Parts of a COM+ Application
COM+ applications consist of one or more COM components.
The following terms are used throughout the COM+ documentation:
A binary unit of code that creates COM objects (includes packaging and registration code).
An instance of a COM class.
A named, concrete implementation of one or more interfaces. A COM class is identified by a CLSID (sometimes by a ProgID also).
A group of related method functions exposed by a COM class that specify a contract. This includes the name, interface signature, interface semantics, and marshaling buffer format. An interface is identified by an IID. The interface syntax is defined in IDL and/or type libraries. The interfaces of a COM class should be divided into manageable, cohesive sets of methods.
COM interfaces are immutable; the COM contract states that they cannot be modified. Any modification (such as adding methods) requires defining a new interface.
One of a set of related functions provided by a COM interface.
Configured and Unconfigured Components
To take advantage of the services that COM+ applications support, the COM+ environment imposes specific requirements on COM components built for COM+ applications. When added to a COM+ application, a COM component is known as a configured component.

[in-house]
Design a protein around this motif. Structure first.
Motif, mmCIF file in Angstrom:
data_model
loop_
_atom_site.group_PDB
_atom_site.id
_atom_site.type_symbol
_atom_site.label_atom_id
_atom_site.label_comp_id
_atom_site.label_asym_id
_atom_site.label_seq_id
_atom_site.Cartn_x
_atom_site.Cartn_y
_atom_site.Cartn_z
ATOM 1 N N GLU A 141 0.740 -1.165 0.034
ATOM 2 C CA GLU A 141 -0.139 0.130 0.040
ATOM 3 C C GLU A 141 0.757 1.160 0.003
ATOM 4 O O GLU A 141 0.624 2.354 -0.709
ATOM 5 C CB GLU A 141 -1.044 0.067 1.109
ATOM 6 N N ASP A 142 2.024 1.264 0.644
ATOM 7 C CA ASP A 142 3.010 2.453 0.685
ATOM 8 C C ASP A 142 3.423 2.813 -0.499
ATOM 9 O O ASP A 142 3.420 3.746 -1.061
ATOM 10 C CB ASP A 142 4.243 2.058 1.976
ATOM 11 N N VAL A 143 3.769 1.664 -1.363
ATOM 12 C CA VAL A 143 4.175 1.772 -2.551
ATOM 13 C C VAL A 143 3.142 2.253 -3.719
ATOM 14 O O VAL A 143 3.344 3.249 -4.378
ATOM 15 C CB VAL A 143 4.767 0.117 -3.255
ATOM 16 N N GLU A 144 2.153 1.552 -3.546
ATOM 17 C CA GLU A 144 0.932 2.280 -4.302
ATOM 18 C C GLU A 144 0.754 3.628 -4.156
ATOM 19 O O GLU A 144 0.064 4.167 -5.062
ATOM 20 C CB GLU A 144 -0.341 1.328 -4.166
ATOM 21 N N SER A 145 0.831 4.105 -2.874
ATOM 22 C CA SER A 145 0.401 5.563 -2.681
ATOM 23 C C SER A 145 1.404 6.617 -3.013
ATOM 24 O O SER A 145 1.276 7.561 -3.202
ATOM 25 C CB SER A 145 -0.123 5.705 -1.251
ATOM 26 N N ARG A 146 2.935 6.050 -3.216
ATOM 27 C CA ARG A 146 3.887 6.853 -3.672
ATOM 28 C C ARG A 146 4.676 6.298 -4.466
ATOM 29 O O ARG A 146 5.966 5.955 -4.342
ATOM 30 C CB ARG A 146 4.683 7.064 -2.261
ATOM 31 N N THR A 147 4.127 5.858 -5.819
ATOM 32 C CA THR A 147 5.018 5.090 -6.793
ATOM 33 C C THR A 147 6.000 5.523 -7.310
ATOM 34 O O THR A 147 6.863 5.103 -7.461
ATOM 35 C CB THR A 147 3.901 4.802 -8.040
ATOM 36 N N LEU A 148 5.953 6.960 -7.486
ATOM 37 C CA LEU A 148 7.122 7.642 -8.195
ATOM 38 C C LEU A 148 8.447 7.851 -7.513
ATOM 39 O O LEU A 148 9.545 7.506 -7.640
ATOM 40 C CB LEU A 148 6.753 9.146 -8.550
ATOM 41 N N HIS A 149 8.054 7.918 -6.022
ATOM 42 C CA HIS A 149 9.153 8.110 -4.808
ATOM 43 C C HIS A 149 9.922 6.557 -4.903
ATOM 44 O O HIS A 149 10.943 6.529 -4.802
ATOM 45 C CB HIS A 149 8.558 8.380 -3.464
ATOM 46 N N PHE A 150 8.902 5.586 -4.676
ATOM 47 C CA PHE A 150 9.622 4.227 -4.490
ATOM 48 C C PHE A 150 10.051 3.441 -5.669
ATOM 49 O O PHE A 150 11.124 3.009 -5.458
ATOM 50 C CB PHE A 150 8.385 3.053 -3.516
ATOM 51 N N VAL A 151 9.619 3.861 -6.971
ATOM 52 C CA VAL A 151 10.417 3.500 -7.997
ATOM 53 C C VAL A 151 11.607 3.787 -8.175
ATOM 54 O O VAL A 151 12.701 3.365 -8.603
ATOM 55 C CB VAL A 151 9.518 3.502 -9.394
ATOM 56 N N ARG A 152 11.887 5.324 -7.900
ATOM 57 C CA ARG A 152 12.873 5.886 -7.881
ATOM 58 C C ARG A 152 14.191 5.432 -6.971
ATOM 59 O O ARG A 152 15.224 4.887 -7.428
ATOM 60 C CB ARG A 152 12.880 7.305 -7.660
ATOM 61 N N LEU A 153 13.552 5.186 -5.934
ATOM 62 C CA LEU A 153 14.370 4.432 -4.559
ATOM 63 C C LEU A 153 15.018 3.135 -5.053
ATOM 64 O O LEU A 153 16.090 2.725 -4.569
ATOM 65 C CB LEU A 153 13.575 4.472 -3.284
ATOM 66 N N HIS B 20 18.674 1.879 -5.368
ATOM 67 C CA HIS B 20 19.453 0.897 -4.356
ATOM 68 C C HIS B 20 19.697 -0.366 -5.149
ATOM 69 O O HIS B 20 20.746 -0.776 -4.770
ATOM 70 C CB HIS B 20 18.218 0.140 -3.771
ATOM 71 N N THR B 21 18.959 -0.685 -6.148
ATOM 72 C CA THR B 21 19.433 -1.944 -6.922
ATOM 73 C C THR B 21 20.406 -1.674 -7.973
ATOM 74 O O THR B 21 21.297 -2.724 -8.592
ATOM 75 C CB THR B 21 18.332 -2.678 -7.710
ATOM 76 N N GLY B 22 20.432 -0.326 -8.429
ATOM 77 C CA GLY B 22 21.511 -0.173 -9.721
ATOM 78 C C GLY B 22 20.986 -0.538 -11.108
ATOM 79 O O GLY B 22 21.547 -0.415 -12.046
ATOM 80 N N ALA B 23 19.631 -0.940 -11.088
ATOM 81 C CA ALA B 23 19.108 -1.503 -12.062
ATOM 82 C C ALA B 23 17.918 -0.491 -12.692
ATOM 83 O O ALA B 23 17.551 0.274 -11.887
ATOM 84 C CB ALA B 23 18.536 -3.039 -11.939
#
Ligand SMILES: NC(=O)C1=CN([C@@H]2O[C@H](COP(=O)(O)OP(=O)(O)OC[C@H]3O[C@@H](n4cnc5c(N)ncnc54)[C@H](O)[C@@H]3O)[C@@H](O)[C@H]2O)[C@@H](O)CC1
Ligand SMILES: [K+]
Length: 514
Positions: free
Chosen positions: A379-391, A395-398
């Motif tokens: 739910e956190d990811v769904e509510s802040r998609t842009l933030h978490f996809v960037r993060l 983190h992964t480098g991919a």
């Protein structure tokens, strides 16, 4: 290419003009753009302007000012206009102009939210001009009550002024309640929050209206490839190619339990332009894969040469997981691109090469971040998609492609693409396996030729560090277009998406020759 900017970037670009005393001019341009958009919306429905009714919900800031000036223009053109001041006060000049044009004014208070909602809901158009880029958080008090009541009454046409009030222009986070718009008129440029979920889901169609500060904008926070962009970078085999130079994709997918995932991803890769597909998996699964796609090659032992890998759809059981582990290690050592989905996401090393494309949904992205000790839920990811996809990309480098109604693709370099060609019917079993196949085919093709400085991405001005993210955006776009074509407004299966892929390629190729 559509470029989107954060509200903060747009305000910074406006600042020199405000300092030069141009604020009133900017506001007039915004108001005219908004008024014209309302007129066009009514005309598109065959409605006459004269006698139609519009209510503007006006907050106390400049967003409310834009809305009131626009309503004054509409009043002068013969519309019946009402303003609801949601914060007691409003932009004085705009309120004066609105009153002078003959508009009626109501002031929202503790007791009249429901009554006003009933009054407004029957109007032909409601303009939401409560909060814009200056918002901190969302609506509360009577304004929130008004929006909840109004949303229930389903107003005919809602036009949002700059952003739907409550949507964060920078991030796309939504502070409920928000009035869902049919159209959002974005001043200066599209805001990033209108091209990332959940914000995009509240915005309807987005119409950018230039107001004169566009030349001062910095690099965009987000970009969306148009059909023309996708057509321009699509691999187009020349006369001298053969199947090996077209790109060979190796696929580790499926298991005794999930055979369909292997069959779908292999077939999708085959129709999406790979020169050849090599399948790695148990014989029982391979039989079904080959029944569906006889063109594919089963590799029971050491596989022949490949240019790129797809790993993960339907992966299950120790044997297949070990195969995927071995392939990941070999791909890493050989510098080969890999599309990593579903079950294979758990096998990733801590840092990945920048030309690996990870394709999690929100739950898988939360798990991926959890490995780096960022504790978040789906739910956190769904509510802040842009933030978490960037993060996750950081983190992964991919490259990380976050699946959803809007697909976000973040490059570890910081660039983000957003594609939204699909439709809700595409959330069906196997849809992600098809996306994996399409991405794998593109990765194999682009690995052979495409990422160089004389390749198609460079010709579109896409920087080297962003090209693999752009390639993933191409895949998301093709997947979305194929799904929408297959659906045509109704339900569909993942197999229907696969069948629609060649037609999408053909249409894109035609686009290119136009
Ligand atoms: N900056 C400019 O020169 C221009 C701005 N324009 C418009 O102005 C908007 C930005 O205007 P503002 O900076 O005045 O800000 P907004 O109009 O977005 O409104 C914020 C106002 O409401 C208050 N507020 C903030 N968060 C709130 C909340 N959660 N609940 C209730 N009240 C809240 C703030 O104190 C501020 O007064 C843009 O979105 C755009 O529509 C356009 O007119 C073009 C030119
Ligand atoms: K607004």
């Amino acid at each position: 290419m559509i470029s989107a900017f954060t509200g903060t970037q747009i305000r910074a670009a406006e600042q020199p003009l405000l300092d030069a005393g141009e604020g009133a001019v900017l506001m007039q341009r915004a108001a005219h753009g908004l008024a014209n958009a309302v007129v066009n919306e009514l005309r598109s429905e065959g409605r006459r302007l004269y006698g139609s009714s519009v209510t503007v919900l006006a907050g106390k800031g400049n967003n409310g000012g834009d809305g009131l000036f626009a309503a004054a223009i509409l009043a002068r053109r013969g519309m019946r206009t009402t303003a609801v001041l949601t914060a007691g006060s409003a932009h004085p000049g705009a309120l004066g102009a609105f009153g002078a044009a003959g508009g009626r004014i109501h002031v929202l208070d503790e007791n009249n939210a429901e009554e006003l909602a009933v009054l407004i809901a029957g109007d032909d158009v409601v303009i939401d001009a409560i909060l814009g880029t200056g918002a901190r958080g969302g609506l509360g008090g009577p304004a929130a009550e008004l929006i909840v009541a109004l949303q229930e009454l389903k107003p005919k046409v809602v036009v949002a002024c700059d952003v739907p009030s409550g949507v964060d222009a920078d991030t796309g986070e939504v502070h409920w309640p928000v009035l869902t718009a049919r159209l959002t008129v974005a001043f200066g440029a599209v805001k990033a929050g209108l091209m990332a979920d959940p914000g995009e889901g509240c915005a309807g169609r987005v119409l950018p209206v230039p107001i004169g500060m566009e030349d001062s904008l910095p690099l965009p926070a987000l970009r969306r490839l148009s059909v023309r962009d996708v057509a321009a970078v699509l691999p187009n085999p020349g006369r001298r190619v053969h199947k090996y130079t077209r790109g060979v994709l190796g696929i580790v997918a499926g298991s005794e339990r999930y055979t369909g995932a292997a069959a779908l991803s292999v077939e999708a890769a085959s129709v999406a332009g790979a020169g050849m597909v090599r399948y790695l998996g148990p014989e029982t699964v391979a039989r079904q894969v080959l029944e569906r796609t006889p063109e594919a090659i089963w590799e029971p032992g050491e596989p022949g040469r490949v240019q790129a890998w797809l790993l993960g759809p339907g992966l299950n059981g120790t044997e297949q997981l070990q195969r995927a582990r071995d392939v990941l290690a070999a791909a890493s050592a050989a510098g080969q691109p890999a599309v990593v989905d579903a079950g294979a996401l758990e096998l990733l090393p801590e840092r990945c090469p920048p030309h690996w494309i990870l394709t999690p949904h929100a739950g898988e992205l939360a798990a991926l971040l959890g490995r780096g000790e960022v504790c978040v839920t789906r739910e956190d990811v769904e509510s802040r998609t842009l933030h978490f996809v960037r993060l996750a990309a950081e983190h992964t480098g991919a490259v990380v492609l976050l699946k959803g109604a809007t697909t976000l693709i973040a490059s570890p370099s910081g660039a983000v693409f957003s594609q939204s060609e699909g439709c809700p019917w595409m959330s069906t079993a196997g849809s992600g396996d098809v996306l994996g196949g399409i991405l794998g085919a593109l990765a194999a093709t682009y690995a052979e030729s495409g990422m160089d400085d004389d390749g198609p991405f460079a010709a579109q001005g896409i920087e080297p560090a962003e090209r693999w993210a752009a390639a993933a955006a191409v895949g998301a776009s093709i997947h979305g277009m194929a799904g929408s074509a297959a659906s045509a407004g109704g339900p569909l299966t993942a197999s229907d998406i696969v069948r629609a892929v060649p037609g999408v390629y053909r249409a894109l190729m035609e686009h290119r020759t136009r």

COM components built for COM+ applications are in-process server components. The component must contain a type library (.tlb file) to describe all classes implemented in the component and declare the interfaces on all classes in the component. You can create and implement these components with Microsoft Visual Basic, Microsoft Visual C++, or any COM-compatible development tool.
An unconfigured component is a component that isn't installed in a COM+ application. You can transform most unconfigured components into configured components simply by integrating them into a COM+ application.
Do not use the same AppID for both a COM+ application and in the registry for an unconfigured component. When the unconfigured component is activated , as activation may retrieve the COM+ application information from the registry that does not contain the information required for COM activation. Similar problems could arise if a call is made to CoRegisterClassObject from DllHost that hosts COM+ Server application.